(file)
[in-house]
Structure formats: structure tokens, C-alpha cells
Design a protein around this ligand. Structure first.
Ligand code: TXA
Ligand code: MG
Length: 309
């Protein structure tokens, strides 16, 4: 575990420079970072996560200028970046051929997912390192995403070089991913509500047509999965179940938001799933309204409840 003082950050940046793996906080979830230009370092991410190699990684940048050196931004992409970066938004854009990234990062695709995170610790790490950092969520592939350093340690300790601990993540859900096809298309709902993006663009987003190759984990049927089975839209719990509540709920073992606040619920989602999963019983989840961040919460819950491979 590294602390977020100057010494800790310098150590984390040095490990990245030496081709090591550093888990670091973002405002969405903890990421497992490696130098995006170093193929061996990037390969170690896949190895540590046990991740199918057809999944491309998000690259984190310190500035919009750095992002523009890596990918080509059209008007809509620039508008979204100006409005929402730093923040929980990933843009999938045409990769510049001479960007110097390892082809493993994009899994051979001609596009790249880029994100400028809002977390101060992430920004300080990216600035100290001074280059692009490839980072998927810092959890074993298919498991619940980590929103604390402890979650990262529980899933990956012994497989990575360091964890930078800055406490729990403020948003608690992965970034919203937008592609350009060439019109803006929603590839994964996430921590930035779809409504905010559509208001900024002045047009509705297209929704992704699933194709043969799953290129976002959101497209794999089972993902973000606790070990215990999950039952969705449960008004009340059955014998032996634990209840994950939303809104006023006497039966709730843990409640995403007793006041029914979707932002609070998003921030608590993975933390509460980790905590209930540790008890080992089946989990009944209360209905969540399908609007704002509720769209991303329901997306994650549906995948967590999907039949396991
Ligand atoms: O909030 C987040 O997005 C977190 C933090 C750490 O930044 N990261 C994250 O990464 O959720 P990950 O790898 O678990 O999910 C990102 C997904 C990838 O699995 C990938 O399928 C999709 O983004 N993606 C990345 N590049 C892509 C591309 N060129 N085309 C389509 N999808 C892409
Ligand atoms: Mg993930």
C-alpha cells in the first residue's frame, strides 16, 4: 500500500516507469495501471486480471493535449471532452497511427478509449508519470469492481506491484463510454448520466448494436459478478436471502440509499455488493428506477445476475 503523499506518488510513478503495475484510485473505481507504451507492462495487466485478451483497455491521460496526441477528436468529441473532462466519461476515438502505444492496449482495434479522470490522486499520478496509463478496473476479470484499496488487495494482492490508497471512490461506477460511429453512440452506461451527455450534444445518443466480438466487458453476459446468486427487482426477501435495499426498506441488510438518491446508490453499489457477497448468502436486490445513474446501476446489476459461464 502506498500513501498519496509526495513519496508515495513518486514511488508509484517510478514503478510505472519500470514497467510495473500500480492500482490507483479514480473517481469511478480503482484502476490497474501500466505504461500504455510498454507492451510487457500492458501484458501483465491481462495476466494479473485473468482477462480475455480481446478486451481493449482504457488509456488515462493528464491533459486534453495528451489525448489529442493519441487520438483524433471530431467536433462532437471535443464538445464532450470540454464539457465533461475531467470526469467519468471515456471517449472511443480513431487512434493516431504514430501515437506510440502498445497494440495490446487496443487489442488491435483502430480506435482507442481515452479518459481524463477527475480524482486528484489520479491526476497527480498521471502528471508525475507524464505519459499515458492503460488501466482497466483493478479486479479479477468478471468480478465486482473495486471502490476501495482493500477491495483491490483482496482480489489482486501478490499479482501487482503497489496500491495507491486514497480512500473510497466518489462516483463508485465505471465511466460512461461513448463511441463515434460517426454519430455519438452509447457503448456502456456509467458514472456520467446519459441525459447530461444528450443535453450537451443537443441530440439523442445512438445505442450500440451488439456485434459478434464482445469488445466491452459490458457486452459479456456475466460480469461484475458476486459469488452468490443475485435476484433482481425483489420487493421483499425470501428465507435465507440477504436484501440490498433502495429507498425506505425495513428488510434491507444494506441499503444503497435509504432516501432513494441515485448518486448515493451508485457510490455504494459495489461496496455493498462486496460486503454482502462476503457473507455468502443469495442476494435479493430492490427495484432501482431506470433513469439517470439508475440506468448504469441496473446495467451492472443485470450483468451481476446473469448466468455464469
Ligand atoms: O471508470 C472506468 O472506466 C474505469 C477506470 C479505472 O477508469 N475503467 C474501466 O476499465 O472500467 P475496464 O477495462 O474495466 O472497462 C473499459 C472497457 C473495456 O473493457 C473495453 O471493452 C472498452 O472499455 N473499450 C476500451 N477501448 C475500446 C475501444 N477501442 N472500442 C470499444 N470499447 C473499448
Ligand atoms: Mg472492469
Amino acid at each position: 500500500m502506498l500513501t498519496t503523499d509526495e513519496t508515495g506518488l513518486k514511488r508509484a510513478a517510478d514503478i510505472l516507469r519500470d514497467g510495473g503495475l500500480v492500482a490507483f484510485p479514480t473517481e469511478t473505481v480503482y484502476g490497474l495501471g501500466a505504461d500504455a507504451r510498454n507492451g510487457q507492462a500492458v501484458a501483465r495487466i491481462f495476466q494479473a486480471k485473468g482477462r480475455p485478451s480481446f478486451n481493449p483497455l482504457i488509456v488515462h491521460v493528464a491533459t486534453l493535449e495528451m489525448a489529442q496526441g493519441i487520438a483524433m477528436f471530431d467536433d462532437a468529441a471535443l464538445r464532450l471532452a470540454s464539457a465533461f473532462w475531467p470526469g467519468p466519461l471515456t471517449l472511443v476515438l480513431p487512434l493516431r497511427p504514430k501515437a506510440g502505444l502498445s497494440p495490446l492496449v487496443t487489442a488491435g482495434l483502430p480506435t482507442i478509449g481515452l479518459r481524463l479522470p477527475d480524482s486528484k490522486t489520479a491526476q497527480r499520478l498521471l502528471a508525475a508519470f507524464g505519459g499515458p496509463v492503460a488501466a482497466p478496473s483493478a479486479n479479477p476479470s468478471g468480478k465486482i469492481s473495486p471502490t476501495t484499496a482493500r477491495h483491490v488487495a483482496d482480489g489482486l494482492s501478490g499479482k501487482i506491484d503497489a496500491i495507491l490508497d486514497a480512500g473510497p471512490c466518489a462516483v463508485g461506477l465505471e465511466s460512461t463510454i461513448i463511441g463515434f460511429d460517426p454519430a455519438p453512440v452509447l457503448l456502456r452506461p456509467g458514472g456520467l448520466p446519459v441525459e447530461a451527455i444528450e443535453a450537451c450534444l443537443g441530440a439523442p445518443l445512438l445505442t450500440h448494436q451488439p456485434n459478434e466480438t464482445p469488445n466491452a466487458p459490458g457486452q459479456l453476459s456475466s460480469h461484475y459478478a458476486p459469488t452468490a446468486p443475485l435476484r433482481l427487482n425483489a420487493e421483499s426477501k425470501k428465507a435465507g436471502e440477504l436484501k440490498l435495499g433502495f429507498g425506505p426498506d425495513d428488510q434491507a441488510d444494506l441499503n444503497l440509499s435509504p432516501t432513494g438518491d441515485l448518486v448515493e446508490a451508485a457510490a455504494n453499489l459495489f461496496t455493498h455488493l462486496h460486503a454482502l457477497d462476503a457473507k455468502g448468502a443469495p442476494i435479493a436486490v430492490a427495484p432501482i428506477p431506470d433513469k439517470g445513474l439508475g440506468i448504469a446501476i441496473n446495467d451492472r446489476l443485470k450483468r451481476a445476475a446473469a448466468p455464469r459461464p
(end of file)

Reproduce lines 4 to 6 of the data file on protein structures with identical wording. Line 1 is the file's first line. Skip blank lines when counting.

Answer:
Ligand code: TXA
Ligand code: MG
Length: 309